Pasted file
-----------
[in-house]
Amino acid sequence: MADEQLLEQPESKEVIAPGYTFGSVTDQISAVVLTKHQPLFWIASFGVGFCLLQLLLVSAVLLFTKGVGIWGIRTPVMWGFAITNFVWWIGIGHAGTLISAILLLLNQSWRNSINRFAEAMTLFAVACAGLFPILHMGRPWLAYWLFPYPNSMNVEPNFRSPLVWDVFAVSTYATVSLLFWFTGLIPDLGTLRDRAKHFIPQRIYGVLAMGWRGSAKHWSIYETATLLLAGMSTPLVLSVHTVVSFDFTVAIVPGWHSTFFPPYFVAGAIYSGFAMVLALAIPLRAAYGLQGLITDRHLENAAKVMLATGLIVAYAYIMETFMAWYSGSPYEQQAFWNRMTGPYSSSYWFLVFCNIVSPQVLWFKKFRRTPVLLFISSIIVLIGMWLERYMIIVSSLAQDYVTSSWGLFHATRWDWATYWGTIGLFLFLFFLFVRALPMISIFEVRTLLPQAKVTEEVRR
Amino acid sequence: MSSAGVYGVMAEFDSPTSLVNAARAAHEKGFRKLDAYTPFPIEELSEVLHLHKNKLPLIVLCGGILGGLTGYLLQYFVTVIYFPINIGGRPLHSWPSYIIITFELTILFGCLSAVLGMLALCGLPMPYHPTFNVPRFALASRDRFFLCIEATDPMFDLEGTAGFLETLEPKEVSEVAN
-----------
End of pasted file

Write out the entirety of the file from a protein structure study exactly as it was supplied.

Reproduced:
[in-house]
Amino acid sequence: MADEQLLEQPESKEVIAPGYTFGSVTDQISAVVLTKHQPLFWIASFGVGFCLLQLLLVSAVLLFTKGVGIWGIRTPVMWGFAITNFVWWIGIGHAGTLISAILLLLNQSWRNSINRFAEAMTLFAVACAGLFPILHMGRPWLAYWLFPYPNSMNVEPNFRSPLVWDVFAVSTYATVSLLFWFTGLIPDLGTLRDRAKHFIPQRIYGVLAMGWRGSAKHWSIYETATLLLAGMSTPLVLSVHTVVSFDFTVAIVPGWHSTFFPPYFVAGAIYSGFAMVLALAIPLRAAYGLQGLITDRHLENAAKVMLATGLIVAYAYIMETFMAWYSGSPYEQQAFWNRMTGPYSSSYWFLVFCNIVSPQVLWFKKFRRTPVLLFISSIIVLIGMWLERYMIIVSSLAQDYVTSSWGLFHATRWDWATYWGTIGLFLFLFFLFVRALPMISIFEVRTLLPQAKVTEEVRR
Amino acid sequence: MSSAGVYGVMAEFDSPTSLVNAARAAHEKGFRKLDAYTPFPIEELSEVLHLHKNKLPLIVLCGGILGGLTGYLLQYFVTVIYFPINIGGRPLHSWPSYIIITFELTILFGCLSAVLGMLALCGLPMPYHPTFNVPRFALASRDRFFLCIEATDPMFDLEGTAGFLETLEPKEVSEVAN